Research for my upcoming book, Borrowing from our Foremothers: Re-examining the Women’s Movement through Material Culture, uncovered a colorful puzzle in the Radcliffe Institute’s Schlesinger Library Woman’s Rights Collection.
In June 1979, the college purchased the papers of 1895 alumni Elsie Winchester Coolidge (below on the left) from Ahab Rare Books. Her papers consisted mainly of diaries and a beautiful brooch.
While the diaries offered glib factual recollections of Coolidge’s life from 1893 to 1897, the “'Votes for Women' pin, 1920” beckoned with tangible promise. Cataloged as “105.1.6, carton 1, tray 1,” the brooch resided inside of a Tiffany & Co. box affixed with a typed label reading, “property of Miss Elsie W. Coolidge, Class of 1895.”
Tiffany & Co.’s company archivist pronounced the brooch as splendid but not one of their creations. It may have arrived in a Tiffany box, but the container was a red herring, a common surrogate jewelry practice.
Was the cloisonné enameled brooch actually Coolidge’s suffragist pin or did she inherit it? After investigating further, it appears Dr. Mary E. Bond Foote, a wealthy suffragette supporter of women’s rights and eugenics lecturer, willed her jewelry collection in 1924 to her spinster nieces Elsie and Rosamond Coolidge.
According to British suffragette jewelry expert Elizabeth Goring, the “Votes for Women” brooch’s purple, white, and green colors were most likely a vestige of either Britain’s Women’s Social and Political Union (WSPU) or America’s Women’s Political Union (WPU). The tricolor scheme definitely post-dated the brooch’s creation since these two organizations adopted the same colors in 1908 and 1910, respectively.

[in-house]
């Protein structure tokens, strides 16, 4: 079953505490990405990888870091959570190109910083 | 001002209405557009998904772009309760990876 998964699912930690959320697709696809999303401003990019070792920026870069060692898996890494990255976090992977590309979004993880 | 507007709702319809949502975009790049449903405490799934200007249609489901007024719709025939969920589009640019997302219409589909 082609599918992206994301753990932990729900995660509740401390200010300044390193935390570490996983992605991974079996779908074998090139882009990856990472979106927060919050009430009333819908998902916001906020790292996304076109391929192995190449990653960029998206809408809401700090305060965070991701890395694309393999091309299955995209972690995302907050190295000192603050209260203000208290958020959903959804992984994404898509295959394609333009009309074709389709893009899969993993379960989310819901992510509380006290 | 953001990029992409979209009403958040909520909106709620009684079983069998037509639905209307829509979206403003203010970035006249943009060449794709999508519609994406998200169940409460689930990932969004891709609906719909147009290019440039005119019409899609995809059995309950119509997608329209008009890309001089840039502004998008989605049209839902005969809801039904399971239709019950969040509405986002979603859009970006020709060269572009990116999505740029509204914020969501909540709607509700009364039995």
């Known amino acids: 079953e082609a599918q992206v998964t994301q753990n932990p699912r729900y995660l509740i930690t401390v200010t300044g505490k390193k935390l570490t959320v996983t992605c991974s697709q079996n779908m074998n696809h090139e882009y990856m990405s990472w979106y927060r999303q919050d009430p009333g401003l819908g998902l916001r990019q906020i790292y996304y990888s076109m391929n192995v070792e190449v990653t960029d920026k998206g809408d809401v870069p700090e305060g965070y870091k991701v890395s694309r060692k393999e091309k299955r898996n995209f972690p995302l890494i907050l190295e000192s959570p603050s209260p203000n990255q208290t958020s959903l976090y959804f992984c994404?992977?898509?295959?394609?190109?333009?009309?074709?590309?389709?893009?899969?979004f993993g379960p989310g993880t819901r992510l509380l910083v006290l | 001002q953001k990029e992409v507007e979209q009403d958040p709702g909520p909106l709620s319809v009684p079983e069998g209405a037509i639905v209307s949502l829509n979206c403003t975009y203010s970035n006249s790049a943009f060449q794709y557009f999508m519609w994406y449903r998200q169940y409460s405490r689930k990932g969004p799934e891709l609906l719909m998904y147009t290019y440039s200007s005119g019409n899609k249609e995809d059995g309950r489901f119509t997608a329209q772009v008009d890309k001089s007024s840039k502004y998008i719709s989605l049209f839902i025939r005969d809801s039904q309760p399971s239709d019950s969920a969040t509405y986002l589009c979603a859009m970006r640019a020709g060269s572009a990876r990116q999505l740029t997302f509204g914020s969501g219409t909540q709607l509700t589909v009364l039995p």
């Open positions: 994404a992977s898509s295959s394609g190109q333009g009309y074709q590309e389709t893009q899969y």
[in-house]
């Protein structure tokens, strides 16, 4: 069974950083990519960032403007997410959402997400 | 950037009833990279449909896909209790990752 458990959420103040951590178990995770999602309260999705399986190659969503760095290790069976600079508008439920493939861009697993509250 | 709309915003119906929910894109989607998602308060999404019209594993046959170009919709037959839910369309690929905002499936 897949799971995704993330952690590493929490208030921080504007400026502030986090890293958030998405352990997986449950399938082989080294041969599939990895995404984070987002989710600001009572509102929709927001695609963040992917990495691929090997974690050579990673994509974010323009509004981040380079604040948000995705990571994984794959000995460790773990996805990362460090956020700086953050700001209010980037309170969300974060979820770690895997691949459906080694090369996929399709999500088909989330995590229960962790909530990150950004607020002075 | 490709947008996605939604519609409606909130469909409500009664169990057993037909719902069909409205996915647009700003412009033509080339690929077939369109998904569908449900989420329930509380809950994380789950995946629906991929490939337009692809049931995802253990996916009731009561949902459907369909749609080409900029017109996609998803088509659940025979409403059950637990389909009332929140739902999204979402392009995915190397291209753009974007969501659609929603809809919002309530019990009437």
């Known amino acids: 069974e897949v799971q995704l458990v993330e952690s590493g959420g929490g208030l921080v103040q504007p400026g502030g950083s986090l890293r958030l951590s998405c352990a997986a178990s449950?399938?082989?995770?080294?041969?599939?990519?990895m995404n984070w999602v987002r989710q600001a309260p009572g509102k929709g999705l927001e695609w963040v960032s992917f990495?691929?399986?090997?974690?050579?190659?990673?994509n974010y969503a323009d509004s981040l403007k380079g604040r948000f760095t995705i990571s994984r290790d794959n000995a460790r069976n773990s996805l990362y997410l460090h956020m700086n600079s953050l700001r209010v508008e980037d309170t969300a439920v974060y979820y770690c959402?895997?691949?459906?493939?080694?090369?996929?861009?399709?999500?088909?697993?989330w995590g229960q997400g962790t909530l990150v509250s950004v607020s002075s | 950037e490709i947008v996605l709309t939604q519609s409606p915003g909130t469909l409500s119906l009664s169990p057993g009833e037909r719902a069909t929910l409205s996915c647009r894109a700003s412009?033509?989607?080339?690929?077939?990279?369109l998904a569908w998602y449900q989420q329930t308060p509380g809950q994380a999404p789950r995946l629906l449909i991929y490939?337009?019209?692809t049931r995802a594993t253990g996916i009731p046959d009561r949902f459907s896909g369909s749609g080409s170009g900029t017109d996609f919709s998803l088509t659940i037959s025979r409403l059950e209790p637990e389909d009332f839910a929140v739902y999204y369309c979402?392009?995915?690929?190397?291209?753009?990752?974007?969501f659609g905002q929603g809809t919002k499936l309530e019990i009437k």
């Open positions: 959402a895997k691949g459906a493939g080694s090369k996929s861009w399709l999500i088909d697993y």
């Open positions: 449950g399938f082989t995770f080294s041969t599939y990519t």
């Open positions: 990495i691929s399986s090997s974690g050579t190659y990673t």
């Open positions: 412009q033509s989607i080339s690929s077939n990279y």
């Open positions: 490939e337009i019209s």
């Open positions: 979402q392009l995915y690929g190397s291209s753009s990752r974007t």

American suffragist collector Kenneth Florey concurred with the color dating and possible suffrage origin while wondering who crafted the pin’s laurel wreath motif flecked with silver globules and a hanging purple cabochon. The Museum of London’s curator Beverly Cook contended this plausibly “one-time” brooch with its suspended amethyst-colored “fancy diamond” was produced in the English jewelry tradition. The actual cut of the facet though, according to Goring, was American and furthermore, the word “Sterling” stamped on the brooch’s back indicated a foreign provenance, such as America; sterling jewelry made in Britain was generally hallmarked with a design.
Searching for more clues, I magnified the back of the pin. On the right-hand side of the metal’s quatrefoil frame, someone had shakily etched what appeared to me as “L bay” or possibly “G bay” to Goring. In Elizabeth Crawford’s recent text, Art and Suffrage: A Biographical Dictionary of Suffrage Artists, she mentioned jeweler Gladys Bayliss (“G bay”?) showing a 1911 silver and enamel Arts & Crafts style buckle at the Glasgow National Union for Women’s Suffrage Societies Work Exhibition in 1913. After examining Bayliss’ work, Goring and Crawford concluded the artist’s style differentiated too much from the Schlesinger brooch. See for yourself: http://www.tademagallery.com/jewellery/d/gladys-bayliss-arts-%26-crafts-buckle/207968.
If you have more clues to this “Votes for Women” brooch mystery please contact me at firstname.lastname@example.org. It could lead to another gem in re-examining the women’s movement.